“It’s a tried and true tactic of those who prefer authoritarian answers to open and democratic answers, who prefer the concentration of wealth and power to the decentralization of both. So never forget that the people who are often behind the very push to undermine trust in the institutions are people who will profit from that distrust.”
Former secretary of state Hillary Clinton decried the dwindling public faith in our governmental institutions on Saturday night during this weekend’s Clinton Global Initiative University (CGI U) conference.
The closing plenary ession of CGI U was held in Ratner Athletics Center and moderated by Helene Gayle, CEO of the Chicago Community Trust. During the session, an audience of conference attendees listened to a stimulating conversation between former president Bill Clinton, Secretary Clinton, and Clinton Foundation Vice Chair Chelsea Clinton on a wide array of political and societal challenges.
The family of three, whom Gayle described as “national and international treasures,” discussed optimism in the face of political uncertainty and urged the audience to be vigilant of future threats of climate change, distrust in vaccinations, and flawed cybersecurity systems. The Clintons also reflected on combating increasing cultural and political divisiveness.
“The best way to win an argument is to exemplify the change you seek,” Bill Clinton said. “You have to embody and be empowered by what you want for others.”
When asked to name one issue that he believed did not receive enough media attention, Bil; Clinton highlighted the importance of cybersecurity and its vital role in thwarting cyber terrorism. “Our number one security problem improperly addressed is cybersecurity. And that affects ordinary people from the get-go. It’s not just about counting votes, it’s about whether the lights come on, whether the hospitals function… And offense proceeds defense.”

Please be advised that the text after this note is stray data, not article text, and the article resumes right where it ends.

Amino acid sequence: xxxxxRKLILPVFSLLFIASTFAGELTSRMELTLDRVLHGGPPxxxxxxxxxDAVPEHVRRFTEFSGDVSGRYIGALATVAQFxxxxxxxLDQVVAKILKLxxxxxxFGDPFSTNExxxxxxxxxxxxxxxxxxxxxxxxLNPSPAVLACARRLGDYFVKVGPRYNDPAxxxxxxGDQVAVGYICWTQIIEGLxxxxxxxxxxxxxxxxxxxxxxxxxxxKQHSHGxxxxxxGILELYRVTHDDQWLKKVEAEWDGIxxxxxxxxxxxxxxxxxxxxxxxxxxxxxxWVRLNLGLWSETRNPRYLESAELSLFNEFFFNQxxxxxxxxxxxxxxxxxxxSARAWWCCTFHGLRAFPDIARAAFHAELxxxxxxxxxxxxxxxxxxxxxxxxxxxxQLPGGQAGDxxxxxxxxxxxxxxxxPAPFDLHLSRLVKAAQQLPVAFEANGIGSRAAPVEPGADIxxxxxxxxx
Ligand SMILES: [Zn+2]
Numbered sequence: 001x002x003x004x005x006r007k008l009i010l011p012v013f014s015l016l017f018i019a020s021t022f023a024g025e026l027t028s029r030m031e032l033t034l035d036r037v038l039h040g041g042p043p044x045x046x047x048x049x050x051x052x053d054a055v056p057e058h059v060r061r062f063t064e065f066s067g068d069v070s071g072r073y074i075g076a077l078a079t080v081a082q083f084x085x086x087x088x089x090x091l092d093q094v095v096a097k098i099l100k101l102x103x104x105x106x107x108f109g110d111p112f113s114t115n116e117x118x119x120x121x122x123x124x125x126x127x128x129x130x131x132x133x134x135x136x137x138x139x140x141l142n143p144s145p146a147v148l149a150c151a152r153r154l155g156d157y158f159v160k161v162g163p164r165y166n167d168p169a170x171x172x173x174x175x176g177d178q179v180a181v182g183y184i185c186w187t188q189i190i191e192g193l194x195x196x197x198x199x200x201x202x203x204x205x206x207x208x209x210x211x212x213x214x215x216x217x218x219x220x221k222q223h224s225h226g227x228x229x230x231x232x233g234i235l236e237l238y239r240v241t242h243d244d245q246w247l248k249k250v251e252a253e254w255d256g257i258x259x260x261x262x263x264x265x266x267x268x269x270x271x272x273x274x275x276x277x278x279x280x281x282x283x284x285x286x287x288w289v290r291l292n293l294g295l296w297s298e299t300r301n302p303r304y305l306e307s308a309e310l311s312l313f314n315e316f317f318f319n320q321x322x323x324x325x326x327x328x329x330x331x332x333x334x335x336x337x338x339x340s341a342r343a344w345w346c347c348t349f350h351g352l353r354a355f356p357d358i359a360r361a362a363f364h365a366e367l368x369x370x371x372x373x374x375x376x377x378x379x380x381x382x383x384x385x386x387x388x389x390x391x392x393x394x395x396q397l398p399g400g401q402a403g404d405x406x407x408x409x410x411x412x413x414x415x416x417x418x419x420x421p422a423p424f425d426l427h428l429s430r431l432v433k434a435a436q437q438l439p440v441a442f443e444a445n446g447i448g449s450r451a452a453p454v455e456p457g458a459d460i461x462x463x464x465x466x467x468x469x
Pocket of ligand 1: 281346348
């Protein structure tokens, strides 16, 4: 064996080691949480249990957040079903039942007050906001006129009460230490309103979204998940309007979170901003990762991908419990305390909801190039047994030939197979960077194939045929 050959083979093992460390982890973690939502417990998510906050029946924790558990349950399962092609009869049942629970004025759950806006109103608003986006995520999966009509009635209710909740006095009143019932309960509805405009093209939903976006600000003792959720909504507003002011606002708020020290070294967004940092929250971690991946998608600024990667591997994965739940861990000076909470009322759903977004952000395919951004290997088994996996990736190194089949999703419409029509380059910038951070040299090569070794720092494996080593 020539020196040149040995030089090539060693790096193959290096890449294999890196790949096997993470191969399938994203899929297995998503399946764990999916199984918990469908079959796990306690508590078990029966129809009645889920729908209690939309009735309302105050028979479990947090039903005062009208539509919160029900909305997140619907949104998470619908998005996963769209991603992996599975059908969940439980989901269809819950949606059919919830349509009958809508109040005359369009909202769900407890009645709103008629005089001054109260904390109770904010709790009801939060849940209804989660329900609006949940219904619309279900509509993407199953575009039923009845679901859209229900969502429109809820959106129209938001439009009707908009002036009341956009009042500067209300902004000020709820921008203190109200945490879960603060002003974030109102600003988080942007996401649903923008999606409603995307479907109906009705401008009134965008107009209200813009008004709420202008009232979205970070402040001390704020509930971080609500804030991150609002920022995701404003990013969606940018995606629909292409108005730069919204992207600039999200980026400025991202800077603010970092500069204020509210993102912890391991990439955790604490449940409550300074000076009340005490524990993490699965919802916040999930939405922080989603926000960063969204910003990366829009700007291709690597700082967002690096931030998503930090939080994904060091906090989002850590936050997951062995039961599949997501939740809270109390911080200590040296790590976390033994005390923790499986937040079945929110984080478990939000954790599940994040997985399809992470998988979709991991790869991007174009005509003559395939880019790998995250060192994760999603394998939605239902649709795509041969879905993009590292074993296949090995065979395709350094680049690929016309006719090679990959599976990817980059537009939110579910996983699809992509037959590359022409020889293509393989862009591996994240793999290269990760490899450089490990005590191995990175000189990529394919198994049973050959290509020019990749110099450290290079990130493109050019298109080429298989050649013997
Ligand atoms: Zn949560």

Former secretary of state Hillary Clinton waves to the audience at the closing session of the Clinton Global Initiative University.
Hillary Clinton denounced climate change deniers and those who peddle falsehoods to discredit its validity.
“In 1996, there was a majority of Americans, and I think people in many other parts of the world, who understood the seriousness of this issue. And they understood that it was affected by, even caused by human activity. And then there was a concerted effort—call it what it was, propaganda—to literally sow confusion among people, to make them doubt what they thought they knew by moving into the false equivalency world,” Clinton said. “It [climate change] is an increasing threat that is going to have such serious consequences, and we’re still paralyzed.”
Chelsea Clinton similarly warned against those falsely putting forth claims as scientific fact without credible research, zeroing in on the diminishing rate of vaccinations in the United States.
Referring to Andrew Wakefield, a British doctor discredited in 2010 after his studies linking vaccinations to autism were revealed to have been falsified, Clinton said he was “truly the only person that I hope there is a very special place in hell for, because I think that he is a mass murderer. I think that the study he fabricated that was published in *The Atlantic* has caused untold numbers of people, not only here in the United States but across Europe and increasingly around the world, to not vaccinate their children…and I find that unconscionable.”
On the topic of combating global tribalism and pervasive identity politics, Hillary Clinton told a story about a young man raised in a neo-Nazi home, whose parents “inculcated him with the point of view that the world was meant to be dominated by and led by white Christian people.” Yet, after attending college and meeting people of different religious and ethnic backgrounds, he found that “he couldn’t sustain his views in the face of one-on-one interactions with people who were different.”
She cautioned, “So, don’t ever forget the importance of the personal level. You know, you can dislike someone because you don’t like them. But don’t dislike them because of who they are or who they worship or who they love.”
As the session concluded, Hillary Clinton shared often repeated final words of advice for the audience.
“You gotta be open to all of the exciting opportunities that life can throw your way,” she said. “But the most important thing is to remain as true to yourself as you can.”